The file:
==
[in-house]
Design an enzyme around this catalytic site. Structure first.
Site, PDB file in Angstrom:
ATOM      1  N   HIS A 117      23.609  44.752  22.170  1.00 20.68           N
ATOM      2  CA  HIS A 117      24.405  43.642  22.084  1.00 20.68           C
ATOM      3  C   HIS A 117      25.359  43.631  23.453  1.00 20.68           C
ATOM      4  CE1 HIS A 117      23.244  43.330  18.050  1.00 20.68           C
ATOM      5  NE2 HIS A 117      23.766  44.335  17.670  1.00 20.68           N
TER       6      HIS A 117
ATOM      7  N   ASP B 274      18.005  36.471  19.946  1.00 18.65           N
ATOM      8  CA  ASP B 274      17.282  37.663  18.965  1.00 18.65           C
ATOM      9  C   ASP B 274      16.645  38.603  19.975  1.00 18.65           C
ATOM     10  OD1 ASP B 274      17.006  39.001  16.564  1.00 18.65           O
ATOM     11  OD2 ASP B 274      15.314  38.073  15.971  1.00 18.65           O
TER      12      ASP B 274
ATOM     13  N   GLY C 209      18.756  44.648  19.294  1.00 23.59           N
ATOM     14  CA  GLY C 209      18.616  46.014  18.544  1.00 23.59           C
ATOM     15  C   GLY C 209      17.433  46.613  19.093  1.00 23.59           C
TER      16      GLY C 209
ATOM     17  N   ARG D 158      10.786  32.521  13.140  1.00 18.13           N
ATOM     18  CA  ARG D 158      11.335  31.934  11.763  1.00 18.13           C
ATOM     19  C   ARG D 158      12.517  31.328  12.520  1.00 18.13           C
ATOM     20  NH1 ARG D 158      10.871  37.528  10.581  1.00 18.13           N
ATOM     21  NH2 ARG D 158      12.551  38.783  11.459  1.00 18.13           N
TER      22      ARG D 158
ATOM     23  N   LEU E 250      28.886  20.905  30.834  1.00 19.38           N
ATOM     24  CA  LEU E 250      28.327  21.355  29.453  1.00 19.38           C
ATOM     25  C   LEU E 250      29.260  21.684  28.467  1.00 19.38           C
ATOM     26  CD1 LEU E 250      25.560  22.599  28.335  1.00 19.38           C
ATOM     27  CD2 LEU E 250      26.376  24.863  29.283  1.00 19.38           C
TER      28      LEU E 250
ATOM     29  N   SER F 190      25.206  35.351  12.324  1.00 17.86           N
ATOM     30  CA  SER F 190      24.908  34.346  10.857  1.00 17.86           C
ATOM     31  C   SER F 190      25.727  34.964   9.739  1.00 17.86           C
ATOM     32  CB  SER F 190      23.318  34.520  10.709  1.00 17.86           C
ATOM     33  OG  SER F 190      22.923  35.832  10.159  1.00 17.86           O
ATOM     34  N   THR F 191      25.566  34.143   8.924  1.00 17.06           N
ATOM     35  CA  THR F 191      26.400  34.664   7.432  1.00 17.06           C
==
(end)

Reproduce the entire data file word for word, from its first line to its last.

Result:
[in-house]
Design an enzyme around this catalytic site. Structure first.
Site, PDB file in Angstrom:
ATOM      1  N   HIS A 117      23.609  44.752  22.170  1.00 20.68           N
ATOM      2  CA  HIS A 117      24.405  43.642  22.084  1.00 20.68           C
ATOM      3  C   HIS A 117      25.359  43.631  23.453  1.00 20.68           C
ATOM      4  CE1 HIS A 117      23.244  43.330  18.050  1.00 20.68           C
ATOM      5  NE2 HIS A 117      23.766  44.335  17.670  1.00 20.68           N
TER       6      HIS A 117
ATOM      7  N   ASP B 274      18.005  36.471  19.946  1.00 18.65           N
ATOM      8  CA  ASP B 274      17.282  37.663  18.965  1.00 18.65           C
ATOM      9  C   ASP B 274      16.645  38.603  19.975  1.00 18.65           C
ATOM     10  OD1 ASP B 274      17.006  39.001  16.564  1.00 18.65           O
ATOM     11  OD2 ASP B 274      15.314  38.073  15.971  1.00 18.65           O
TER      12      ASP B 274
ATOM     13  N   GLY C 209      18.756  44.648  19.294  1.00 23.59           N
ATOM     14  CA  GLY C 209      18.616  46.014  18.544  1.00 23.59           C
ATOM     15  C   GLY C 209      17.433  46.613  19.093  1.00 23.59           C
TER      16      GLY C 209
ATOM     17  N   ARG D 158      10.786  32.521  13.140  1.00 18.13           N
ATOM     18  CA  ARG D 158      11.335  31.934  11.763  1.00 18.13           C
ATOM     19  C   ARG D 158      12.517  31.328  12.520  1.00 18.13           C
ATOM     20  NH1 ARG D 158      10.871  37.528  10.581  1.00 18.13           N
ATOM     21  NH2 ARG D 158      12.551  38.783  11.459  1.00 18.13           N
TER      22      ARG D 158
ATOM     23  N   LEU E 250      28.886  20.905  30.834  1.00 19.38           N
ATOM     24  CA  LEU E 250      28.327  21.355  29.453  1.00 19.38           C
ATOM     25  C   LEU E 250      29.260  21.684  28.467  1.00 19.38           C
ATOM     26  CD1 LEU E 250      25.560  22.599  28.335  1.00 19.38           C
ATOM     27  CD2 LEU E 250      26.376  24.863  29.283  1.00 19.38           C
TER      28      LEU E 250
ATOM     29  N   SER F 190      25.206  35.351  12.324  1.00 17.86           N
ATOM     30  CA  SER F 190      24.908  34.346  10.857  1.00 17.86           C
ATOM     31  C   SER F 190      25.727  34.964   9.739  1.00 17.86           C
ATOM     32  CB  SER F 190      23.318  34.520  10.709  1.00 17.86           C
ATOM     33  OG  SER F 190      22.923  35.832  10.159  1.00 17.86           O
ATOM     34  N   THR F 191      25.566  34.143   8.924  1.00 17.06           N
ATOM     35  CA  THR F 191      26.400  34.664   7.432  1.00 17.06           C